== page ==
Though none of us were able to attend the Vancouver event, we felt buoyed by yet another acknowledgment that our efforts had not gone unnoticed.
Shawn Eccles believed that the manner in which the people of the Robson Valley rallied to rescue two horses from a wintry mountaintop might have been unprecedented in the province and maybe in Canada. "Some communities rally," he told me. "But I've never seen a community come out like that." He called it "a fairy tale story. Two working animals abandoned at Christmastime. The heroes are the people of the community."
Kent Kokoska, one of the SPCA officials working out of Kam-loops who had come to see the rescue effort, said, "We were very pleased that such a huge undertaking had been accomplished in such a short time due to the compassionate efforts of the locals. It struck a deep chord with us. It is something we wont forget any time soon."
"If you own an animal," said Debbie Goodine of British Columbia's SPCA in Prince George, "and that animal is suffering, it's your responsibility to ensure that suffering is relieved." She called the rescue effort on Mount Renshaw "a miracle."
My instinct was to celebrate the rescue, to shout the news of it from the rooftops. Maybe it was the journalist in me who appreciated, for once, a good news story. Tim and Monika, however, found the hoopla over the rescue unseemly. "Why make a big deal out of ordinary human generosity? They did what they had to do and they would do it again. No more need be said."
Tim and Monika dropped around to our ranch one day in early summer in 2009, and we got talking about what motivated them to become involved in the horse rescue. For Tim, curiosity was an early factor—that and Monikas concern for those horses. We sat outside in the warm sun and remembered the cold and how McBride made front-page news far and wide.
"That was nice," he told me, "and it was nice to get the recognition, all of us working for the same purpose. But too much was made of it. I know two guys in town who volunteer for the local search and rescue team looking for lost skidooers. These guys are called out of bed twice a week. No one's writing them a letter of thanks."
Tim was somewhat surprised by the camaraderie that developed, even among strangers. He remembered several sledders who had spent $3,000 on a weekend getaway up on Mount Renshaw, but they stopped for several hours to help dig. Tim never got their names. What mattered is they helped, and the anonymity seemed right to him. It was how it should be, how it was when he was growing up near the Annapolis'Valley in Nova Scotia. "We were all a family," he said. "The village looked after the village."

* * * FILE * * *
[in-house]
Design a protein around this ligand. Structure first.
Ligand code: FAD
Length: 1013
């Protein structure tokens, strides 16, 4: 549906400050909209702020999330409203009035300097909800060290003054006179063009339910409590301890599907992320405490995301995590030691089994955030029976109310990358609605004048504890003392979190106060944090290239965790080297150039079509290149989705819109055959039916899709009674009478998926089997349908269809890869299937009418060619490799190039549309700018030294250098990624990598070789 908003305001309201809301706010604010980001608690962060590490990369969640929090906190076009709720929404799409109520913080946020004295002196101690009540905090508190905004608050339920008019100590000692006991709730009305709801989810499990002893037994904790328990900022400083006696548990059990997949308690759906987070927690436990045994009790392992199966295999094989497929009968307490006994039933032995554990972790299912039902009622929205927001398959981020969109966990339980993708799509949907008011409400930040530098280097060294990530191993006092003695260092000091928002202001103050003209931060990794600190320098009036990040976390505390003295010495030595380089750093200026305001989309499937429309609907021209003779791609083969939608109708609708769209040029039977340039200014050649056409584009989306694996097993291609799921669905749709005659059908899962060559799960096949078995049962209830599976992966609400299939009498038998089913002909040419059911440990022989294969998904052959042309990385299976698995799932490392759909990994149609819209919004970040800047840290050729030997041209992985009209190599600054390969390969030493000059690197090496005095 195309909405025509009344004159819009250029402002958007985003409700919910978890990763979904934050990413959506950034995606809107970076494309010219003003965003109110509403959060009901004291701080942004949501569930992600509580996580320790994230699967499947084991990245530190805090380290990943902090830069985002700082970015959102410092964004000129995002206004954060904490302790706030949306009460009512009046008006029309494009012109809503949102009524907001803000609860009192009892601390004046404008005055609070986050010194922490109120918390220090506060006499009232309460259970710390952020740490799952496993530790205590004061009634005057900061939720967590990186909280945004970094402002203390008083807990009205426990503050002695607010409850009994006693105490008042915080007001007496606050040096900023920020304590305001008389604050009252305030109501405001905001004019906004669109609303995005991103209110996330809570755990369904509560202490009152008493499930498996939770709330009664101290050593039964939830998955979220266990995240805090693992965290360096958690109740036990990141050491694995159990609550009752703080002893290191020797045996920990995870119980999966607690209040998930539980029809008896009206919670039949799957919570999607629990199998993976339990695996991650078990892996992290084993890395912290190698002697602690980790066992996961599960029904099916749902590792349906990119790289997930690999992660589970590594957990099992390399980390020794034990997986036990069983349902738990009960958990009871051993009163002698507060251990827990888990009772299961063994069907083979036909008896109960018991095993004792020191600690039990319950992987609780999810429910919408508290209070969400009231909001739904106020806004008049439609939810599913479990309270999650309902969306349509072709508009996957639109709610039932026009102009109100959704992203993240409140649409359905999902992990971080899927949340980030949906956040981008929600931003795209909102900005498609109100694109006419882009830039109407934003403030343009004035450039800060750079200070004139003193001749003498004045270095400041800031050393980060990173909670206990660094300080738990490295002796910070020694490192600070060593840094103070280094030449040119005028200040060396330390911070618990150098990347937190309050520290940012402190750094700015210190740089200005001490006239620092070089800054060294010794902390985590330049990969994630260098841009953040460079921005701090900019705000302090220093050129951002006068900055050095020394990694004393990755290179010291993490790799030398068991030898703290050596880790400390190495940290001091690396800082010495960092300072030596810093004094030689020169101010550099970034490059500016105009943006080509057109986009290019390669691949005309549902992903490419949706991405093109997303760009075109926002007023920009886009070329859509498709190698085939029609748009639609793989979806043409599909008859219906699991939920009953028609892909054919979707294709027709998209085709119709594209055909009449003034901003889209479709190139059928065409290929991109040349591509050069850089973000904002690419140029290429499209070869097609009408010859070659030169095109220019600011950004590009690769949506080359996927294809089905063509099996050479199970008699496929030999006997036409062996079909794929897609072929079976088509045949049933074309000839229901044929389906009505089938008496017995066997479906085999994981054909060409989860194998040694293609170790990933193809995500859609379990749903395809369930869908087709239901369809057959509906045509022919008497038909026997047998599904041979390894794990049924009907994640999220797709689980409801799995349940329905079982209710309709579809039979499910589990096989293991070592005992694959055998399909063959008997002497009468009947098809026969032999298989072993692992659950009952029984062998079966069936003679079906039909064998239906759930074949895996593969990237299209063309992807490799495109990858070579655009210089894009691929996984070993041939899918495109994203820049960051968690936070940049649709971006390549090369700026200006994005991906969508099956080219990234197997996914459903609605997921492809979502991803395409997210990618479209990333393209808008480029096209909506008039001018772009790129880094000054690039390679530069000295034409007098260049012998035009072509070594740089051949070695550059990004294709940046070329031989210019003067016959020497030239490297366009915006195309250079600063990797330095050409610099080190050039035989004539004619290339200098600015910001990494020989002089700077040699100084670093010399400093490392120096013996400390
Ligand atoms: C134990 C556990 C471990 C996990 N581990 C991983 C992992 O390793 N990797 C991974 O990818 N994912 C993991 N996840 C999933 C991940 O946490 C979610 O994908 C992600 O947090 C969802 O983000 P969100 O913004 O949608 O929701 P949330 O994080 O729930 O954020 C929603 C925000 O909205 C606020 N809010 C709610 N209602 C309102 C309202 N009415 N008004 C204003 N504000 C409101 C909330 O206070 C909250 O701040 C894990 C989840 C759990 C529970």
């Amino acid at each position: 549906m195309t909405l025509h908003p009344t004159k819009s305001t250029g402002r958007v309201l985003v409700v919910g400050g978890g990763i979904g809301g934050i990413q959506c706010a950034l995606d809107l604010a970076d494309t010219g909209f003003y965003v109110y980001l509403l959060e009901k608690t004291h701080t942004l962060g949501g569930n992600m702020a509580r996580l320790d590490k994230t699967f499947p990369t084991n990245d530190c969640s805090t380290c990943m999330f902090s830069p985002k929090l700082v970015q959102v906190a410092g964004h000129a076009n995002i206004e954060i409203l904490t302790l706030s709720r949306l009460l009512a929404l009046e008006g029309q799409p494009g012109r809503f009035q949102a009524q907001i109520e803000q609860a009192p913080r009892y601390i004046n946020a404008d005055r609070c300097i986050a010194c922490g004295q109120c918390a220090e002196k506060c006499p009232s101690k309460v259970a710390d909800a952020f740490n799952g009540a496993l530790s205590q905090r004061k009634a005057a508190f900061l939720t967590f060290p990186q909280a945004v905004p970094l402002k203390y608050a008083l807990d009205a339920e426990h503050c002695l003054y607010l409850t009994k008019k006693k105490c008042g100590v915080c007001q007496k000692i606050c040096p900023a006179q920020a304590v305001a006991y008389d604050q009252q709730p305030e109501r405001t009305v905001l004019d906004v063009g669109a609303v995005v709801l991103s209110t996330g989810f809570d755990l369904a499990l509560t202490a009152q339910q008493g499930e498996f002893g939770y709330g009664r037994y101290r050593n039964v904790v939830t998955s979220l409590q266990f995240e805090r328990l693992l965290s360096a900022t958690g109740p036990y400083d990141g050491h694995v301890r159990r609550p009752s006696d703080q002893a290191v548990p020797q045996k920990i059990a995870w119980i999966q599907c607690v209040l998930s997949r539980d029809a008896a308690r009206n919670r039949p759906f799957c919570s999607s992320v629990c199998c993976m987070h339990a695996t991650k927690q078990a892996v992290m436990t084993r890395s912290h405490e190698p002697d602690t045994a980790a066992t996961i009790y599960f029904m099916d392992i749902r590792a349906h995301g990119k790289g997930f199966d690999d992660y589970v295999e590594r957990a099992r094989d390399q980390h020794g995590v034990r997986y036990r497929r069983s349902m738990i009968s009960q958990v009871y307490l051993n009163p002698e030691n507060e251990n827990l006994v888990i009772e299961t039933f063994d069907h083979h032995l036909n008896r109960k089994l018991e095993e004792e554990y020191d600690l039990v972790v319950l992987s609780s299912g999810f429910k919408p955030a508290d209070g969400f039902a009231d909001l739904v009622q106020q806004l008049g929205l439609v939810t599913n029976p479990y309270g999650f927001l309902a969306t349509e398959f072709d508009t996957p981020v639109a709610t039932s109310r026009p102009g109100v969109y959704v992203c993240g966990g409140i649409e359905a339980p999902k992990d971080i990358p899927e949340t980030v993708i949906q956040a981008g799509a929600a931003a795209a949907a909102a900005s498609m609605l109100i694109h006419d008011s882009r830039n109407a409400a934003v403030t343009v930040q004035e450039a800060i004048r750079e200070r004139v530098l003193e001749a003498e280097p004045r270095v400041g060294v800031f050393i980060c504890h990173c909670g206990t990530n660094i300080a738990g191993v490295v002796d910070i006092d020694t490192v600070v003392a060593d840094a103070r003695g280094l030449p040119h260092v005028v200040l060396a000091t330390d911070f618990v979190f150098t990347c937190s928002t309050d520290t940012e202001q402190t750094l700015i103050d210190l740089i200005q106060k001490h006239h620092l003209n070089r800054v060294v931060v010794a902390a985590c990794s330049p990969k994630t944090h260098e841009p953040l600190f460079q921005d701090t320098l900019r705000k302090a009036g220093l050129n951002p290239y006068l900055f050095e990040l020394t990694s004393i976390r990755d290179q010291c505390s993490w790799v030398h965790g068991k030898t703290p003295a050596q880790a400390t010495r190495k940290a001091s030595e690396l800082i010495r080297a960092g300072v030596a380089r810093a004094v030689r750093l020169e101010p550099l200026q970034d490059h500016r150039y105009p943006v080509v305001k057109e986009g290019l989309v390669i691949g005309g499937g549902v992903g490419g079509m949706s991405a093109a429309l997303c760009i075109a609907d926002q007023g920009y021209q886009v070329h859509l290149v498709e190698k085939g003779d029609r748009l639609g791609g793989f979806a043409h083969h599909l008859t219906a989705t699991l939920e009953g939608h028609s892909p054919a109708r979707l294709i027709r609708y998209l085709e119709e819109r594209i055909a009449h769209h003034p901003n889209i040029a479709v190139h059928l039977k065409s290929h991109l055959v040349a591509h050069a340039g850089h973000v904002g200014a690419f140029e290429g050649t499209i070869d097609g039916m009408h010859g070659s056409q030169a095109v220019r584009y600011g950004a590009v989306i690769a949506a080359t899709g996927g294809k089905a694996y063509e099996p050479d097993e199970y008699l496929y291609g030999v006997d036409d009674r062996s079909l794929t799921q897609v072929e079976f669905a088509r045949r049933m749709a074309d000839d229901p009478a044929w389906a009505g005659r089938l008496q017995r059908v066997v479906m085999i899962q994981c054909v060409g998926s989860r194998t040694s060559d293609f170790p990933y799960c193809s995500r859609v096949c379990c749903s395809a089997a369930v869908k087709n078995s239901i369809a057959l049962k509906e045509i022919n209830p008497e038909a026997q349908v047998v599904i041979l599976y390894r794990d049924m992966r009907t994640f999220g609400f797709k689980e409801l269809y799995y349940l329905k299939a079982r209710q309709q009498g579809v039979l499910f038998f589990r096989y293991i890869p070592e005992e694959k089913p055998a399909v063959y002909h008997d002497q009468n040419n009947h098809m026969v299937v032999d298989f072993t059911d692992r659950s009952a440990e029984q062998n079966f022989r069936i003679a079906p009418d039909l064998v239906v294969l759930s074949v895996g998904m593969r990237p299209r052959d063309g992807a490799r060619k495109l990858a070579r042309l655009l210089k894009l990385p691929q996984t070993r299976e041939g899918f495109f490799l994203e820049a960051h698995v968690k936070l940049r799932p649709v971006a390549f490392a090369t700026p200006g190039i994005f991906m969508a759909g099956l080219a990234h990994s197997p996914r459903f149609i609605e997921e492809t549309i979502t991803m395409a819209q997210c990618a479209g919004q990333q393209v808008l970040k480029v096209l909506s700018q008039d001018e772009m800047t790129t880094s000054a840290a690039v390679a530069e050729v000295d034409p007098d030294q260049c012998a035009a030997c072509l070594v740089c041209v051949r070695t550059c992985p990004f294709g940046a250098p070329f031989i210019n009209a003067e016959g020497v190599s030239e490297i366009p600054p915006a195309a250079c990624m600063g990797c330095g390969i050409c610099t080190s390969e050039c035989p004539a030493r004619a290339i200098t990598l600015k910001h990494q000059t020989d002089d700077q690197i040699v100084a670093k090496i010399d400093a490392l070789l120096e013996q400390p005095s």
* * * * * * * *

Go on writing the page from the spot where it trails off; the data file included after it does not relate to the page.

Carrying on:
"The rescue," Tim said in sum, "was a great experience. I was glad my son was involved. . . . You go along, day to day, and it's nice that when someone is in dire straits, people will pull together. Sometimes at work, someone will say, 'You're from McBride.' The horse Rescue is what we're known for now. But I wouldn't say McBride shines a little brighter because of it. This place shines bright anyway."
Monika echoed his thinking. "Being good should be part and parcel of our lives," she said. "As for recognition by the government, come on. Politicians are using this story to their advantage. Don't butter your bread with what other people do."
The story of Belle and Sundance had spread—through the Internet, through Facebook, through emails that skipped around the world. At the height of the rescue story, the sledders' forum got fifty thousand hits. The role of technology in this story taking off could not be overstated, but when all was said and done, it was local people who literally came to the rescue.
For some of the veteran horsemen in the Robson Valley, the case of Belle and Sundance offered lessons in what to do and what not to do when things go wrong in the mountains.
One afternoon while I was enjoying coffee with Reg and Krys Marek at their farm, Krys brought out several old photo albums of pictures of the two of them on horses in the backcountry. Reg was raised in Sundre, Alberta, where he worked as a scout in the oil field. "I love horses and the wild country," he said. He admired the book by Joe Back but added a cautionary note. "Books are a good way to learn. Experience is better."
What Frank Mackay should have done, said Reg, was to stop as soon as the horses were mired in the bog. He should have scouted the area, determined the breadth of the bog and looked for a way out. And if none seemed available, he should have turned back. Better still, he shouldn't have gone alone into territory he didn't know. Mackay had had a GPS device with him, but as Reg pointed out, "That tells you where you are but not how to get out or through muskeg. He should have hired a guide. He should have talked to the locals."